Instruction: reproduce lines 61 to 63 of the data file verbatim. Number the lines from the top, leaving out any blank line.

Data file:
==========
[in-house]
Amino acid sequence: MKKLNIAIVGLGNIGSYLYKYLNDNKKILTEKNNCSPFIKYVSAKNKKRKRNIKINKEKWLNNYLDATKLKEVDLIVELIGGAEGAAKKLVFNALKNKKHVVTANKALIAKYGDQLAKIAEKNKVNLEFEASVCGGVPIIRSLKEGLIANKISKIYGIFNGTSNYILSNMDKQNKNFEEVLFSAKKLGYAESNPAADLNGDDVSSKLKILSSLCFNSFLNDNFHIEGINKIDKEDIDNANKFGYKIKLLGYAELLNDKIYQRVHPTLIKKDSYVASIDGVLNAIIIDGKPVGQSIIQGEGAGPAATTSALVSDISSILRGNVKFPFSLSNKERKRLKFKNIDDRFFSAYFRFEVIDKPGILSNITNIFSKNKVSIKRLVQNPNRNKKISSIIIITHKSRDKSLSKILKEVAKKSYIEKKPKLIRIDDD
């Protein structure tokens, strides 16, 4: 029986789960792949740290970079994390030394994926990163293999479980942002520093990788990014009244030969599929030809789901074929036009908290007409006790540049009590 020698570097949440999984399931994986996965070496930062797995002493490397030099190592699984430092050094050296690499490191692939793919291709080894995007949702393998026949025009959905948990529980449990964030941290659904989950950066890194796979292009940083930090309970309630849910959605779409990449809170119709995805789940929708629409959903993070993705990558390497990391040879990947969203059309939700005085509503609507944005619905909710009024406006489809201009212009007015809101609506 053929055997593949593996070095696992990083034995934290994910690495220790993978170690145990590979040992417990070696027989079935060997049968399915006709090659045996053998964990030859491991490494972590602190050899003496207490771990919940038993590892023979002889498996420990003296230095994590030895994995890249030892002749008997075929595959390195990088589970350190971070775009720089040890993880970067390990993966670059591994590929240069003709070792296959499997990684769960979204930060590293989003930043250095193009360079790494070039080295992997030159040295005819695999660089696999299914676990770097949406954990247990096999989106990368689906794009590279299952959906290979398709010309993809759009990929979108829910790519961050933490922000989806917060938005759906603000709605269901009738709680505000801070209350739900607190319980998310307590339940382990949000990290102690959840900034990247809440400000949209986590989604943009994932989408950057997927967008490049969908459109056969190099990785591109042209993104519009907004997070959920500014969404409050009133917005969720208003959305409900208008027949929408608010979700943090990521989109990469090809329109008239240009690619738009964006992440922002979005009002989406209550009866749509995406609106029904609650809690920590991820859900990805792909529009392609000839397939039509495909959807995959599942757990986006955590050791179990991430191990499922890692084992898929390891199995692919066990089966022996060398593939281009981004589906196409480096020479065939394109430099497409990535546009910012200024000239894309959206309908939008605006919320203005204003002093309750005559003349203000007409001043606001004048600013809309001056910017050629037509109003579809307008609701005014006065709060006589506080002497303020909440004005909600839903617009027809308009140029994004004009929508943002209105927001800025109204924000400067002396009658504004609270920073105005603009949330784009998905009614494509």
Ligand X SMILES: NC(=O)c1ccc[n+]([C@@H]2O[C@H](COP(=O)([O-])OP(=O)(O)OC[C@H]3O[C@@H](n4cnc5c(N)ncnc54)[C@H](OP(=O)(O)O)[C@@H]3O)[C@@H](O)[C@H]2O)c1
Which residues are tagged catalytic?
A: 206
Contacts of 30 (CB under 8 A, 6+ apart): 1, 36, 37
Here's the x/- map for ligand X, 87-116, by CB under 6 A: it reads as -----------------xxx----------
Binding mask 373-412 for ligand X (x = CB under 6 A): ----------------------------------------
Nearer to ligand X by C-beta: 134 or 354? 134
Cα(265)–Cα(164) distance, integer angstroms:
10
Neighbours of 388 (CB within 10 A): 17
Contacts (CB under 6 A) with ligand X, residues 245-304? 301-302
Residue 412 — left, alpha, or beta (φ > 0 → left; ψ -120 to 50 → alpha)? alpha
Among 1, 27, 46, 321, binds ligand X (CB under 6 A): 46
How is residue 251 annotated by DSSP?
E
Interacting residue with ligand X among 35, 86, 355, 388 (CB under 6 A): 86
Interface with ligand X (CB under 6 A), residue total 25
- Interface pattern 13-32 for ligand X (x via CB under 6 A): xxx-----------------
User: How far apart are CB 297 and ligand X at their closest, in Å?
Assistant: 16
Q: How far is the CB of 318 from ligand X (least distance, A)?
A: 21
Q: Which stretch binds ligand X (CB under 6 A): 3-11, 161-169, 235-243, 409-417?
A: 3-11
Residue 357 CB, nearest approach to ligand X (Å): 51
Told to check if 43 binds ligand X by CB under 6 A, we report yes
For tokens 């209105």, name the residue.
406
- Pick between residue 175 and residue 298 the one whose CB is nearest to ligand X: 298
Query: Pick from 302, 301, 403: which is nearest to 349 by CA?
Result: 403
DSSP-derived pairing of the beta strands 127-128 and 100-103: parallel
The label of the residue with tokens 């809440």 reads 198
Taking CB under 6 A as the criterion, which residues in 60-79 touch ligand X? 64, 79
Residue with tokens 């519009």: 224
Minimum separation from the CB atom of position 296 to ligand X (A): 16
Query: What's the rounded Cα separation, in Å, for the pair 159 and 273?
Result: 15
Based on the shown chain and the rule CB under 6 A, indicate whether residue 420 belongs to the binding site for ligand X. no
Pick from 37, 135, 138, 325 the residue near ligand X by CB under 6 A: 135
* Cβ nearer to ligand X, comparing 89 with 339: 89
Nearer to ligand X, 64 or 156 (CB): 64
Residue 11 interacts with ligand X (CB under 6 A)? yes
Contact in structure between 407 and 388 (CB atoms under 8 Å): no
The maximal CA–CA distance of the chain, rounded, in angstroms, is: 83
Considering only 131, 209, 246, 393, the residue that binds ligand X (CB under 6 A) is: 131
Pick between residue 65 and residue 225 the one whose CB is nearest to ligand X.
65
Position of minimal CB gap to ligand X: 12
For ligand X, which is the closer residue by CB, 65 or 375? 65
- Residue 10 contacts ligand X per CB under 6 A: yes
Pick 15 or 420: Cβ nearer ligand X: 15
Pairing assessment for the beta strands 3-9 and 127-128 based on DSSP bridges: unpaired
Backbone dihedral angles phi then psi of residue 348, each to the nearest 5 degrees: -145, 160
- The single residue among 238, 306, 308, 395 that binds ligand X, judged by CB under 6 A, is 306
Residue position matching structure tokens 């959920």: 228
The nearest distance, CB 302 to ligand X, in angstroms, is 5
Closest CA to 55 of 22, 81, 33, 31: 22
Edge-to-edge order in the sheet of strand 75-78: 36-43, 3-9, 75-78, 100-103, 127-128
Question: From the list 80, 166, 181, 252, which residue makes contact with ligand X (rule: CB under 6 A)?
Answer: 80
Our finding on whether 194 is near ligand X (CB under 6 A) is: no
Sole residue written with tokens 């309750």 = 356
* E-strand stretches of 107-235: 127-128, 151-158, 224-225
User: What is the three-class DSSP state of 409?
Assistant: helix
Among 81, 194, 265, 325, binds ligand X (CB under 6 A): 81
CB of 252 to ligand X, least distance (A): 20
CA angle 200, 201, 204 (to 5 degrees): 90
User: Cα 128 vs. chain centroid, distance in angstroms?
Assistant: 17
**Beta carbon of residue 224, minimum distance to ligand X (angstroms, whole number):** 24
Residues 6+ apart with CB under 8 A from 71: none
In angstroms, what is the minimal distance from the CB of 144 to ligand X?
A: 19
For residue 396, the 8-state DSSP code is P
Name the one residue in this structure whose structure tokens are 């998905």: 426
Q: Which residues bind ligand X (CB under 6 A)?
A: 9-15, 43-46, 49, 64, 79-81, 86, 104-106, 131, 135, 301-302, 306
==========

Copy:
Closest CA to 55 of 22, 81, 33, 31: 22
Edge-to-edge order in the sheet of strand 75-78: 36-43, 3-9, 75-78, 100-103, 127-128
Question: From the list 80, 166, 181, 252, which residue makes contact with ligand X (rule: CB under 6 A)?